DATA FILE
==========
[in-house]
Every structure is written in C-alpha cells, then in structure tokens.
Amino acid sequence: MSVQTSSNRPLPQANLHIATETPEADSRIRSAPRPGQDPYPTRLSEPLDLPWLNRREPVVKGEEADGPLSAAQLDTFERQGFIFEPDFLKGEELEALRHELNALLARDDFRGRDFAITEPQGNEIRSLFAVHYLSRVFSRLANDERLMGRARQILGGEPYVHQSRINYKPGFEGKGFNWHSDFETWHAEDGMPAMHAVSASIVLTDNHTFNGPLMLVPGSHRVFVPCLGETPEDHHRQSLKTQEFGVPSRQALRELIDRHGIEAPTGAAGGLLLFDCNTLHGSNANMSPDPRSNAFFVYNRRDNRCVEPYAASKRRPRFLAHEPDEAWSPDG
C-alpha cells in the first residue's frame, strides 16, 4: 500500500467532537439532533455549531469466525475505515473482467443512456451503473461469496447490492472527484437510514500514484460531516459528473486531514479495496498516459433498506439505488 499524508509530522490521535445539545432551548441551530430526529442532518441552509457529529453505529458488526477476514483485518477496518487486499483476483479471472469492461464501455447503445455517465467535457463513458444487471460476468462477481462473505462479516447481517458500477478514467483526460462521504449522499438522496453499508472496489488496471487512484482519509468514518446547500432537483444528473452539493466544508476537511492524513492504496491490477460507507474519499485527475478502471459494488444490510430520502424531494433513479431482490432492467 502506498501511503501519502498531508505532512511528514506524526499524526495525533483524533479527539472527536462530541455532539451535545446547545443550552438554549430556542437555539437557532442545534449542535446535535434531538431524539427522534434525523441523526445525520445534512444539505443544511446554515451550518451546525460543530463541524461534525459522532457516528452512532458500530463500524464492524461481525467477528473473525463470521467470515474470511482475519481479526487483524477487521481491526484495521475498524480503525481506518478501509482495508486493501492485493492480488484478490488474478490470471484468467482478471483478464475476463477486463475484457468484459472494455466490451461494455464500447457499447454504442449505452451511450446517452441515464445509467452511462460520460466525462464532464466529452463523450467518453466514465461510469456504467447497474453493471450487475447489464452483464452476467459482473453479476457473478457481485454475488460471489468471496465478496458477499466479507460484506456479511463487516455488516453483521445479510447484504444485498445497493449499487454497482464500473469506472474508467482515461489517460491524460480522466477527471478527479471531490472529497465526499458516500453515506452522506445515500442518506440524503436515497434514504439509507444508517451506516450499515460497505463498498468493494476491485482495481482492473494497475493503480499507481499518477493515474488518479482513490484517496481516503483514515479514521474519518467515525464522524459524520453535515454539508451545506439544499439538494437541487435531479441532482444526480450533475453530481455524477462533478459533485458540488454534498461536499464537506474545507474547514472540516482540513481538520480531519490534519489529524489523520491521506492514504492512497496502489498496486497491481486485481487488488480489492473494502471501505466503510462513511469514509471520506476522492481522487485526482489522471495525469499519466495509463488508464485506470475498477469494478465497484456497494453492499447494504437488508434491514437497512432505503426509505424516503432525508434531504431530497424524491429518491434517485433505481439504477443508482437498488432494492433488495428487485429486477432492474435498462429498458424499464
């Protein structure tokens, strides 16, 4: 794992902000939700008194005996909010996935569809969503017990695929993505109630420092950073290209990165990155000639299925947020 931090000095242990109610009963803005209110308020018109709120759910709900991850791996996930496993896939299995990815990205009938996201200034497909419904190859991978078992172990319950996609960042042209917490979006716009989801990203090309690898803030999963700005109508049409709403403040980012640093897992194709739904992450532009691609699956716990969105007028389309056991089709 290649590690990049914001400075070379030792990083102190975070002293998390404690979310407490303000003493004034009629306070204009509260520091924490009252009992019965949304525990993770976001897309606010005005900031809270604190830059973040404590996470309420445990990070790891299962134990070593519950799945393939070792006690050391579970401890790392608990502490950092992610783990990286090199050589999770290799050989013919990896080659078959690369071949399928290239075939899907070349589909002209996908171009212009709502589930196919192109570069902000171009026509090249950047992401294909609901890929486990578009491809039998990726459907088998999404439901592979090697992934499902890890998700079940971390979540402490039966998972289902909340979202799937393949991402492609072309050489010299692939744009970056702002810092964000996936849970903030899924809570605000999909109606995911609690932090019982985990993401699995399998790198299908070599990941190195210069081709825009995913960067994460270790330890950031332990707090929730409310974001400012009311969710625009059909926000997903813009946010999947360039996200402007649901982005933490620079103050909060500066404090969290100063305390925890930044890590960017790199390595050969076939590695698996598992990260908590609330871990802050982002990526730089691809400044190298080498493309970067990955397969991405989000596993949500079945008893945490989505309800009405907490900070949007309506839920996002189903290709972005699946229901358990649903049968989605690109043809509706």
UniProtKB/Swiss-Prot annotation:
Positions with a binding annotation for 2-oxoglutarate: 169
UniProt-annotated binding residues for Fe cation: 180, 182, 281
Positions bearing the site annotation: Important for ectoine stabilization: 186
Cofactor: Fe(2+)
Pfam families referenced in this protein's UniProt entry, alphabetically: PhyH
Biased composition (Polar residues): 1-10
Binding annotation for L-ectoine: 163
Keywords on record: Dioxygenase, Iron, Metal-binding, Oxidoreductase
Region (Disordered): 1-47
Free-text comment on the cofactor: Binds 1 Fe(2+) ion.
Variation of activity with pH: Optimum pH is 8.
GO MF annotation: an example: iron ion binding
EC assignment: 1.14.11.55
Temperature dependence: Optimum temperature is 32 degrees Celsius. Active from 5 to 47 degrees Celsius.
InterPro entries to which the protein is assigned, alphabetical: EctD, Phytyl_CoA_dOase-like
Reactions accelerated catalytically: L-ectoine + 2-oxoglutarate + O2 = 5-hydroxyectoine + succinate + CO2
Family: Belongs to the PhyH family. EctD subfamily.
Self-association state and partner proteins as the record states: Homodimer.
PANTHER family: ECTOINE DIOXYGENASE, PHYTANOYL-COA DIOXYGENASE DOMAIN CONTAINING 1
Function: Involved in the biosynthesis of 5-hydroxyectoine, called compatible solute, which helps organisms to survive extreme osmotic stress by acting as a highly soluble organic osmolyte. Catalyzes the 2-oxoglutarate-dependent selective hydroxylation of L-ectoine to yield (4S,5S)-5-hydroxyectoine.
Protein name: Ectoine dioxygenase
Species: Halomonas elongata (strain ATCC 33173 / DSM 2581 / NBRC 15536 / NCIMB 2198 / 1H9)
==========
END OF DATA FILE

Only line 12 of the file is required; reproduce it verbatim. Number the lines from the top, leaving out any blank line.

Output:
Biased composition (Polar residues): 1-10